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What is the difference between <% %> and <%=%>?
C# MVC: What is the difference between <%# and <%=

I'm so confused with this.

Please explain the difference between this if possible..

What is the significance of that "=" there?

Edit:Thanks for all your answers.Please understand that It was hard to get any results by searching for "<%=" on google and on the search bar in stackoverflow as well.

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marked as duplicate by Richard, Kobi, Rex M, Alex, Pavel Minaev Sep 9 '09 at 1:48

This question has been asked before and already has an answer. If those answers do not fully address your question, please ask a new question.

    
This is a dupe for sure but I'm still struggling to find it. –  Mehrdad Afshari Sep 8 '09 at 12:48
    
so many dupes –  Will Sep 8 '09 at 12:49
    
Will: searching for punctuation chars is hard. discussed on meta. –  Mehrdad Afshari Sep 8 '09 at 12:50
    
And what about <%# %> !? That one is just crazy. –  Kobi Sep 8 '09 at 12:53
    
Kobi: hopefully, in ASP.NET MVC, we don't see that one most of the time! Also, there's <%$ %>. –  Mehrdad Afshari Sep 8 '09 at 12:55
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5 Answers 5

up vote 33 down vote accepted

<% %> is a generic code block.

<%= expression %> is equivalent to <% Response.Write(expression); %>.

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Mehrdad's comment about <%$ piqued my curiosity, so I found this inline asp.net tags list by googling "asp.net inline code" (sans quotes). It has msdn links and descriptions of all the inline tags (<%, <%=, <%#, <%$, <%@, <%--).

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to complement, <%, <%=, <%-- and <%@ are inherited from classic ASP. <%# is an ASP.NET addition. <%$ was added in ASP.NET 2.0. –  Mehrdad Afshari Sep 8 '09 at 13:38
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It is confusing, and it takes a good deal of repetition to get comfortable with.

The <%= syntax is used for evaluating expressions whose returned values are intended to be included within HTML markup. For example:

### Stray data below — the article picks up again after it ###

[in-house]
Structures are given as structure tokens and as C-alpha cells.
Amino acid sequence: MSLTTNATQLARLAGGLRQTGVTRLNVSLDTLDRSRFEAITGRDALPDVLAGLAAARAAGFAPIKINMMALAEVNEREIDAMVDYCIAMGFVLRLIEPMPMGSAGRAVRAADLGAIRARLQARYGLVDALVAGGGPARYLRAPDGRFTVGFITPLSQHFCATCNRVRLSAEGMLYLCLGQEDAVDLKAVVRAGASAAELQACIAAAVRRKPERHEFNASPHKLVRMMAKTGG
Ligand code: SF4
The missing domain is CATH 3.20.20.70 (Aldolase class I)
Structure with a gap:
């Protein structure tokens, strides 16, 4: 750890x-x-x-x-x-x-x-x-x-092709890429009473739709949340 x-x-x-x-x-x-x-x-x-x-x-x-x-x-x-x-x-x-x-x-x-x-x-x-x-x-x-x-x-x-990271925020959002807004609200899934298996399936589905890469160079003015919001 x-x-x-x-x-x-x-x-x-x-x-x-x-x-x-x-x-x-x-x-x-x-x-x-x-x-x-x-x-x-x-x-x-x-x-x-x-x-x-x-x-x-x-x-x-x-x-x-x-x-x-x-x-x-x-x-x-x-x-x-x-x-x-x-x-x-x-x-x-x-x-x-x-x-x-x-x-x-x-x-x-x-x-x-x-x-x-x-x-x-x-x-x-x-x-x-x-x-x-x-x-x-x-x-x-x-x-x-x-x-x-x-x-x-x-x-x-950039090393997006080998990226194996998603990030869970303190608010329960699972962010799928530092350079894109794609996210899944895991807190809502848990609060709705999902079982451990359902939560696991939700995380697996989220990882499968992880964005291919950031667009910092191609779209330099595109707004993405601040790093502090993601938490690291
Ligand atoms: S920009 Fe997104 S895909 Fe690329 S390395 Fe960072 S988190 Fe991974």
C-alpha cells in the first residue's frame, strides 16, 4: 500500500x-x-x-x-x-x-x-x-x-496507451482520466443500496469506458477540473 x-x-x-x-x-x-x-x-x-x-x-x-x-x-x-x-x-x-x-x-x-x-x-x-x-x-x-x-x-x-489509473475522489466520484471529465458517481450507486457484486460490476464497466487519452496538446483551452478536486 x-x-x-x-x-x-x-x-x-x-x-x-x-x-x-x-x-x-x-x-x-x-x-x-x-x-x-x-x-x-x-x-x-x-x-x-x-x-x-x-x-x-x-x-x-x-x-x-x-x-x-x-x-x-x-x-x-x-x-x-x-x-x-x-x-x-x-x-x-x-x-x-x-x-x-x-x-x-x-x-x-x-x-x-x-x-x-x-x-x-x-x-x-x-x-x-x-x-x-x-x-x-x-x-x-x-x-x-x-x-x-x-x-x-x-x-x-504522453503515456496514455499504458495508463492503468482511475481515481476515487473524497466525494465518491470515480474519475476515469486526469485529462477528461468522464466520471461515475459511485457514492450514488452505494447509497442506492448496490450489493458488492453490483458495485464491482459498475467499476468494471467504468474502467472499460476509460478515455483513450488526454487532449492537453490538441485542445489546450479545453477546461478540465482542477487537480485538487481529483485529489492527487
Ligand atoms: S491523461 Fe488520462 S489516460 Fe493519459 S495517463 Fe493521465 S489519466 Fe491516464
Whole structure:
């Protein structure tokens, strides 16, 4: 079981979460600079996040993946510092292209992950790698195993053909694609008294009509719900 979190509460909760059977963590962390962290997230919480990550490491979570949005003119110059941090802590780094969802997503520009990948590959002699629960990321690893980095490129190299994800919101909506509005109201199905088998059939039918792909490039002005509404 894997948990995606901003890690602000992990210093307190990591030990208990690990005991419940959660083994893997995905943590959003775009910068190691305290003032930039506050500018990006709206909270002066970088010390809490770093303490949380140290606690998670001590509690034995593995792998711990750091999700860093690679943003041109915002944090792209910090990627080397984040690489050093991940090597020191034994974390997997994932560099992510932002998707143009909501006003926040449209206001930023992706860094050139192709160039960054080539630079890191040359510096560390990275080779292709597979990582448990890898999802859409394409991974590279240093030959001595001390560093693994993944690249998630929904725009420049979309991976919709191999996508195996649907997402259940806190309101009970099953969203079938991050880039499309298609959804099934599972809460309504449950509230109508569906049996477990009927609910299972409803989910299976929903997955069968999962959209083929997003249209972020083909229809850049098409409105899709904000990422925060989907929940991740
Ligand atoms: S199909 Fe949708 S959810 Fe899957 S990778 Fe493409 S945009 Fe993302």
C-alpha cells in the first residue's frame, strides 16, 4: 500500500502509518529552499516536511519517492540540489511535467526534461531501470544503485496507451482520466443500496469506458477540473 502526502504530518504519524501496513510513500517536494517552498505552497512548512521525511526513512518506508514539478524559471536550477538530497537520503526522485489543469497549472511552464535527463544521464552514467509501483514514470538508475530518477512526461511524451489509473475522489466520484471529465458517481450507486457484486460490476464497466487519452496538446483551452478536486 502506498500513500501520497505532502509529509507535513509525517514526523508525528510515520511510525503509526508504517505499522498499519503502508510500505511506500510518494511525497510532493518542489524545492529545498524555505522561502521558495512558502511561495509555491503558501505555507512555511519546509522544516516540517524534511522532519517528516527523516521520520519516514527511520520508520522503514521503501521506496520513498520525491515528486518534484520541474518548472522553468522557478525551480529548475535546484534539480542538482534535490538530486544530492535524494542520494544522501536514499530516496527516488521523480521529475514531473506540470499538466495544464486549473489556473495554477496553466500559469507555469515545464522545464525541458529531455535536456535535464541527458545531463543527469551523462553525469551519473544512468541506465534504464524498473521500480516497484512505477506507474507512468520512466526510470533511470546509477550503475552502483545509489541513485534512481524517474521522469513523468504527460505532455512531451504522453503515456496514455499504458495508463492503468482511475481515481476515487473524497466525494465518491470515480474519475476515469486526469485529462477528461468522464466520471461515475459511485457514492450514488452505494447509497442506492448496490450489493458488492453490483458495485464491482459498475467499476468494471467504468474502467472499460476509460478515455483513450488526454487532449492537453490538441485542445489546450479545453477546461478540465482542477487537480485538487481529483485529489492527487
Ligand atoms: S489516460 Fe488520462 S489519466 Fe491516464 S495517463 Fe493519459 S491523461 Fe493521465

<%= DateTime.Now.ToShortDateString() %>

This will include the current date in the HTML markup.

The <% is for inline statements, where you want to execute one or more commands at a specific point during the page rendering. I've used Html Helpers in the past by executing the helper method using <%. For example,

<% Html.TextBox("txtBox"); %>

Note that the statements used here have to be terminated with a semicolon in C# code.

EDIT: Removed erroneous details about Html helpers and void returns.

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Actually, almost all of the Html Helpers return a string rather than writing to the Response object - <%= Html.TextBox("txtBox") %>. This allows you to e.g. nest helper methods. –  Iain Galloway Sep 8 '09 at 12:57
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<% Html.TextBox("txtBox"); %> silently discards the return value and doesn't output anything. –  Mehrdad Afshari Sep 8 '09 at 12:59
    
Thanks for the clarifications –  David Andres Sep 8 '09 at 13:05
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<%= %> tag prints the output of the code in it, <% %> just runs the code.

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This post lists all the varieties nicely: ASP.NET "special" tags.

I would normally post this as a comment but there are a number of other dupes. I recall someone referring to them as "bee stings" (not official terminology) and the keywords I used to search for them were asp.net bee stings.

That said, here are some other dupes:

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Thanks for those links. –  Josh Sep 9 '09 at 1:46
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